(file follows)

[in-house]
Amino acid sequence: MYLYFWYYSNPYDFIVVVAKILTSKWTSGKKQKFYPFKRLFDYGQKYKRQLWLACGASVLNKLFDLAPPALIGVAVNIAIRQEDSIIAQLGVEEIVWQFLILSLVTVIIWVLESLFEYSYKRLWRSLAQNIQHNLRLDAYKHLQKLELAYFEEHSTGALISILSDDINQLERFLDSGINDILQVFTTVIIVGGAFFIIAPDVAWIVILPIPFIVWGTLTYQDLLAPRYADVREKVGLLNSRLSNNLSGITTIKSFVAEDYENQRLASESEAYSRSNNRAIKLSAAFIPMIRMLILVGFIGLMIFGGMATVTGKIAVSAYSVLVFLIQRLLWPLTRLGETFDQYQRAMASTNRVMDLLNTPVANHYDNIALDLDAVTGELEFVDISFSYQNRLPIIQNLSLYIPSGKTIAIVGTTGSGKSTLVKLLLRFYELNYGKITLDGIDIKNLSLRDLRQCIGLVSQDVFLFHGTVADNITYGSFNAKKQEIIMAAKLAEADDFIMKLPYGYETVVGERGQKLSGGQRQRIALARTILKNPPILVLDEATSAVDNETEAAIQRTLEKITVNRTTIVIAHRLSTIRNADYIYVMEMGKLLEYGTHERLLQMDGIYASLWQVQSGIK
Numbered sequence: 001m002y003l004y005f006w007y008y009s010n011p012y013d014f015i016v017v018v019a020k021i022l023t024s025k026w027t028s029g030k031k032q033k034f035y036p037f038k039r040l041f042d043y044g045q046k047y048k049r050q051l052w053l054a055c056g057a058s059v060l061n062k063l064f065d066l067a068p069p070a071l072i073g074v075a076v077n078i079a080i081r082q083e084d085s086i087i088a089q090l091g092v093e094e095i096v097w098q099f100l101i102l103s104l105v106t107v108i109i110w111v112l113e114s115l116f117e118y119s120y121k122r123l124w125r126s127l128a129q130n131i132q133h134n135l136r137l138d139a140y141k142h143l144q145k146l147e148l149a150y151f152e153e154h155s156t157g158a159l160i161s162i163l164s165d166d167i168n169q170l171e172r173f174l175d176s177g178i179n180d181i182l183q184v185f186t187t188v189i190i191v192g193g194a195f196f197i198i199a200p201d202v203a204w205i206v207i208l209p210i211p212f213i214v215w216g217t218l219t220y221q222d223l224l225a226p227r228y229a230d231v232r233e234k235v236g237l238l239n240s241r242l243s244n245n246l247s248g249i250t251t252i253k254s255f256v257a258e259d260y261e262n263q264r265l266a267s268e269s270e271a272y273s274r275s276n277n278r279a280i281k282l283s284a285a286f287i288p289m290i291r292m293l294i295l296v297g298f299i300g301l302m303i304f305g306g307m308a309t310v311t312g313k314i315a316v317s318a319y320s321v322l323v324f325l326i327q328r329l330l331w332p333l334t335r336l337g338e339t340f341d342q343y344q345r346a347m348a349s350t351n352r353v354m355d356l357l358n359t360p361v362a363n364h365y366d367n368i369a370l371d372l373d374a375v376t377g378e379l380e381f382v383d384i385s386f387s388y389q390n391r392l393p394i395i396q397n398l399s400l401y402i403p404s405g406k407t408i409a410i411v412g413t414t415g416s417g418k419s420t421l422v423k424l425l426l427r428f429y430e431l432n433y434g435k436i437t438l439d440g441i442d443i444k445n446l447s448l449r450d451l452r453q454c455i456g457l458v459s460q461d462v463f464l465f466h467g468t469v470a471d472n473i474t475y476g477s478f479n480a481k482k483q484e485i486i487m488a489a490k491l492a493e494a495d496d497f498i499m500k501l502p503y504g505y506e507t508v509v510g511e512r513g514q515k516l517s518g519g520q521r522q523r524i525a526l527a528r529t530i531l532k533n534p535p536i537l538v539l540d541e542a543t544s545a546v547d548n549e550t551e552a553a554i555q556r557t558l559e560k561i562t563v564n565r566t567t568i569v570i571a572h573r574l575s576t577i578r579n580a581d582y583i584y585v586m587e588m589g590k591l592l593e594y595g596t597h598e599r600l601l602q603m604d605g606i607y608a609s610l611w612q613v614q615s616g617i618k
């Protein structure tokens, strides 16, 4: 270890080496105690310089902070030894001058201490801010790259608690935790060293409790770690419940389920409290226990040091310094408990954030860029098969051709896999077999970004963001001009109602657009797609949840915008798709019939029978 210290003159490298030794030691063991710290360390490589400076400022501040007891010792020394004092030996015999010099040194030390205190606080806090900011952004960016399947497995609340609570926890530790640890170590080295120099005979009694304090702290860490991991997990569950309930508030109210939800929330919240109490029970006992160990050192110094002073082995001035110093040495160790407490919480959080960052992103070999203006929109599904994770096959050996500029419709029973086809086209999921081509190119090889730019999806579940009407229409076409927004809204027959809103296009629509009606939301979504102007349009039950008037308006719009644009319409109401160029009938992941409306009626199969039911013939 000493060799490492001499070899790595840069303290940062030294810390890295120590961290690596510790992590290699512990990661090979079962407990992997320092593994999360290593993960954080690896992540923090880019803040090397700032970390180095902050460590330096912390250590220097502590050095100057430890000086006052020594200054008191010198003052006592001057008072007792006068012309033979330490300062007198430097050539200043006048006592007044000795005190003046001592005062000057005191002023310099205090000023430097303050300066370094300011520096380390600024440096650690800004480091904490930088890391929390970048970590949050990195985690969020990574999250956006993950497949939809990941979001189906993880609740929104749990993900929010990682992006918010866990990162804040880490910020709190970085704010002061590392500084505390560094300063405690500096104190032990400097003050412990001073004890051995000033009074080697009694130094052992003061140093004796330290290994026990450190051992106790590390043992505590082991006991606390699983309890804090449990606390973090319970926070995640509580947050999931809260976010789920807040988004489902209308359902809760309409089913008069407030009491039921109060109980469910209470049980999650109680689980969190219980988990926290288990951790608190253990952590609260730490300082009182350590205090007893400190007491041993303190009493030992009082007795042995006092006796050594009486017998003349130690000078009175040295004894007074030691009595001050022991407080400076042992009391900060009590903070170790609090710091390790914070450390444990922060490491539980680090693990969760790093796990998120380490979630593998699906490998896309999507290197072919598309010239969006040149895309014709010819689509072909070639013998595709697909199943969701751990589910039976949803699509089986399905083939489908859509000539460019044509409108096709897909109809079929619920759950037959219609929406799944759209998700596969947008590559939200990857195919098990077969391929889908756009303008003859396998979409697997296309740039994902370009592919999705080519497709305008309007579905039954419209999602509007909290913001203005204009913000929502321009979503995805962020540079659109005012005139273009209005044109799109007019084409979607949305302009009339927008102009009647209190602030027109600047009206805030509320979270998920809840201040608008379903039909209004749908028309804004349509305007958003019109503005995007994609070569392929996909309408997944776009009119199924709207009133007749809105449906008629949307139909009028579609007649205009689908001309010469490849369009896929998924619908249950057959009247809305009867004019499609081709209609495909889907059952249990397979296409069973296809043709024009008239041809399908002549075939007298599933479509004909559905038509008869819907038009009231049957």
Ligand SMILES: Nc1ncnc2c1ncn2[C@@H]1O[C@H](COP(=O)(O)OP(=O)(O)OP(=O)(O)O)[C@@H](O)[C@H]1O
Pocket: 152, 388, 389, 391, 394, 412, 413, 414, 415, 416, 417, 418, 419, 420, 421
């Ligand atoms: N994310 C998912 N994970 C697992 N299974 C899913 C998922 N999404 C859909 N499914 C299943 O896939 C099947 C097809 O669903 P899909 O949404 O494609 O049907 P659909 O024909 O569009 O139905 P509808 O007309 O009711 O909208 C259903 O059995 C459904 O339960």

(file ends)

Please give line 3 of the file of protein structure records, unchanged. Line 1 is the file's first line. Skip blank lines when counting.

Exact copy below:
Numbered sequence: 001m002y003l004y005f006w007y008y009s010n011p012y013d014f015i016v017v018v019a020k021i022l023t024s025k026w027t028s029g030k031k032q033k034f035y036p037f038k039r040l041f042d043y044g045q046k047y048k049r050q051l052w053l054a055c056g057a058s059v060l061n062k063l064f065d066l067a068p069p070a071l072i073g074v075a076v077n078i079a080i081r082q083e084d085s086i087i088a089q090l091g092v093e094e095i096v097w098q099f100l101i102l103s104l105v106t107v108i109i110w111v112l113e114s115l116f117e118y119s120y121k122r123l124w125r126s127l128a129q130n131i132q133h134n135l136r137l138d139a140y141k142h143l144q145k146l147e148l149a150y151f152e153e154h155s156t157g158a159l160i161s162i163l164s165d166d167i168n169q170l171e172r173f174l175d176s177g178i179n180d181i182l183q184v185f186t187t188v189i190i191v192g193g194a195f196f197i198i199a200p201d202v203a204w205i206v207i208l209p210i211p212f213i214v215w216g217t218l219t220y221q222d223l224l225a226p227r228y229a230d231v232r233e234k235v236g237l238l239n240s241r242l243s244n245n246l247s248g249i250t251t252i253k254s255f256v257a258e259d260y261e262n263q264r265l266a267s268e269s270e271a272y273s274r275s276n277n278r279a280i281k282l283s284a285a286f287i288p289m290i291r292m293l294i295l296v297g298f299i300g301l302m303i304f305g306g307m308a309t310v311t312g313k314i315a316v317s318a319y320s321v322l323v324f325l326i327q328r329l330l331w332p333l334t335r336l337g338e339t340f341d342q343y344q345r346a347m348a349s350t351n352r353v354m355d356l357l358n359t360p361v362a363n364h365y366d367n368i369a370l371d372l373d374a375v376t377g378e379l380e381f382v383d384i385s386f387s388y389q390n391r392l393p394i395i396q397n398l399s400l401y402i403p404s405g406k407t408i409a410i411v412g413t414t415g416s417g418k419s420t421l422v423k424l425l426l427r428f429y430e431l432n433y434g435k436i437t438l439d440g441i442d443i444k445n446l447s448l449r450d451l452r453q454c455i456g457l458v459s460q461d462v463f464l465f466h467g468t469v470a471d472n473i474t475y476g477s478f479n480a481k482k483q484e485i486i487m488a489a490k491l492a493e494a495d496d497f498i499m500k501l502p503y504g505y506e507t508v509v510g511e512r513g514q515k516l517s518g519g520q521r522q523r524i525a526l527a528r529t530i531l532k533n534p535p536i537l538v539l540d541e542a543t544s545a546v547d548n549e550t551e552a553a554i555q556r557t558l559e560k561i562t563v564n565r566t567t568i569v570i571a572h573r574l575s576t577i578r579n580a581d582y583i584y585v586m587e588m589g590k591l592l593e594y595g596t597h598e599r600l601l602q603m604d605g606i607y608a609s610l611w612q613v614q615s616g617i618k